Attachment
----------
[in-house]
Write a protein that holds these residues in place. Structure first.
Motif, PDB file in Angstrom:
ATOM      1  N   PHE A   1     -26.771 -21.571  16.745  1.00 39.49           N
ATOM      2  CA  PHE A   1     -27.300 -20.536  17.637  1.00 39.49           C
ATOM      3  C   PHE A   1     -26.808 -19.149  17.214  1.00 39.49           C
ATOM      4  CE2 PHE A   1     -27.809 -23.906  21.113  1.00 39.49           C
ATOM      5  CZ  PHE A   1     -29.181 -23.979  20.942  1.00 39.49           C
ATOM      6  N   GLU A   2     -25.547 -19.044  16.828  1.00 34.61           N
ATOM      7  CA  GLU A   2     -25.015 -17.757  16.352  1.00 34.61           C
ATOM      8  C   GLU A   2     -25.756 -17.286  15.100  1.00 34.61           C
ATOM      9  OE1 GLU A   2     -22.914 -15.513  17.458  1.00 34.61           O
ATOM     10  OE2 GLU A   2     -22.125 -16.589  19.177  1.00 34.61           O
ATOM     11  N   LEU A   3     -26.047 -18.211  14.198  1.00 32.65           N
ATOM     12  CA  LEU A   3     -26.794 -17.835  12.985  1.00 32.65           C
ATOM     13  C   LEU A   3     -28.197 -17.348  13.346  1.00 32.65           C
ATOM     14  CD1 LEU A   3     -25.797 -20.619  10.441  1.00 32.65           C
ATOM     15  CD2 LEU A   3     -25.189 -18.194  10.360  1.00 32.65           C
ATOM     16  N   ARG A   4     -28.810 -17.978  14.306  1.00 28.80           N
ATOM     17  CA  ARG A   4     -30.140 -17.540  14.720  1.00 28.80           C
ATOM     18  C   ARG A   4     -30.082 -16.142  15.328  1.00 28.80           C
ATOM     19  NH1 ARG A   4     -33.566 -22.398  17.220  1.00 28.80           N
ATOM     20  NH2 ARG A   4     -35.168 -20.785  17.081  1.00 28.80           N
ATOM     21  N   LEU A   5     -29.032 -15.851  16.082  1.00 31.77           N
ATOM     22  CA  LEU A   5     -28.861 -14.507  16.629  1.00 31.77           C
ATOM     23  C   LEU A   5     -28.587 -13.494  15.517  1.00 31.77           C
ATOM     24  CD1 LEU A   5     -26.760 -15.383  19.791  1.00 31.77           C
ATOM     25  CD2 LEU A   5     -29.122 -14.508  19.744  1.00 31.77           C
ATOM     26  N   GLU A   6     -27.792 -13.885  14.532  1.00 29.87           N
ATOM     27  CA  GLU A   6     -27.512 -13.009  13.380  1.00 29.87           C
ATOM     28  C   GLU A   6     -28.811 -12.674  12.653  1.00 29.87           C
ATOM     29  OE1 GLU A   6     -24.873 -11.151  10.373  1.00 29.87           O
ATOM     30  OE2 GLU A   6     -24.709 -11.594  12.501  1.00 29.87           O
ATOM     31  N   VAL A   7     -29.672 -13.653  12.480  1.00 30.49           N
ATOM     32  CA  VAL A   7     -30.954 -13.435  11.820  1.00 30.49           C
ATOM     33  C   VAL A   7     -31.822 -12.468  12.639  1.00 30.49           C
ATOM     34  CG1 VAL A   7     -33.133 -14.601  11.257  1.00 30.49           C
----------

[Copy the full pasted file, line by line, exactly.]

[in-house]
Write a protein that holds these residues in place. Structure first.
Motif, PDB file in Angstrom:
ATOM      1  N   PHE A   1     -26.771 -21.571  16.745  1.00 39.49           N
ATOM      2  CA  PHE A   1     -27.300 -20.536  17.637  1.00 39.49           C
ATOM      3  C   PHE A   1     -26.808 -19.149  17.214  1.00 39.49           C
ATOM      4  CE2 PHE A   1     -27.809 -23.906  21.113  1.00 39.49           C
ATOM      5  CZ  PHE A   1     -29.181 -23.979  20.942  1.00 39.49           C
ATOM      6  N   GLU A   2     -25.547 -19.044  16.828  1.00 34.61           N
ATOM      7  CA  GLU A   2     -25.015 -17.757  16.352  1.00 34.61           C
ATOM      8  C   GLU A   2     -25.756 -17.286  15.100  1.00 34.61           C
ATOM      9  OE1 GLU A   2     -22.914 -15.513  17.458  1.00 34.61           O
ATOM     10  OE2 GLU A   2     -22.125 -16.589  19.177  1.00 34.61           O
ATOM     11  N   LEU A   3     -26.047 -18.211  14.198  1.00 32.65           N
ATOM     12  CA  LEU A   3     -26.794 -17.835  12.985  1.00 32.65           C
ATOM     13  C   LEU A   3     -28.197 -17.348  13.346  1.00 32.65           C
ATOM     14  CD1 LEU A   3     -25.797 -20.619  10.441  1.00 32.65           C
ATOM     15  CD2 LEU A   3     -25.189 -18.194  10.360  1.00 32.65           C
ATOM     16  N   ARG A   4     -28.810 -17.978  14.306  1.00 28.80           N
ATOM     17  CA  ARG A   4     -30.140 -17.540  14.720  1.00 28.80           C
ATOM     18  C   ARG A   4     -30.082 -16.142  15.328  1.00 28.80           C
ATOM     19  NH1 ARG A   4     -33.566 -22.398  17.220  1.00 28.80           N
ATOM     20  NH2 ARG A   4     -35.168 -20.785  17.081  1.00 28.80           N
ATOM     21  N   LEU A   5     -29.032 -15.851  16.082  1.00 31.77           N
ATOM     22  CA  LEU A   5     -28.861 -14.507  16.629  1.00 31.77           C
ATOM     23  C   LEU A   5     -28.587 -13.494  15.517  1.00 31.77           C
ATOM     24  CD1 LEU A   5     -26.760 -15.383  19.791  1.00 31.77           C
ATOM     25  CD2 LEU A   5     -29.122 -14.508  19.744  1.00 31.77           C
ATOM     26  N   GLU A   6     -27.792 -13.885  14.532  1.00 29.87           N
ATOM     27  CA  GLU A   6     -27.512 -13.009  13.380  1.00 29.87           C
ATOM     28  C   GLU A   6     -28.811 -12.674  12.653  1.00 29.87           C
ATOM     29  OE1 GLU A   6     -24.873 -11.151  10.373  1.00 29.87           O
ATOM     30  OE2 GLU A   6     -24.709 -11.594  12.501  1.00 29.87           O
ATOM     31  N   VAL A   7     -29.672 -13.653  12.480  1.00 30.49           N
ATOM     32  CA  VAL A   7     -30.954 -13.435  11.820  1.00 30.49           C
ATOM     33  C   VAL A   7     -31.822 -12.468  12.639  1.00 30.49           C
ATOM     34  CG1 VAL A   7     -33.133 -14.601  11.257  1.00 30.49           C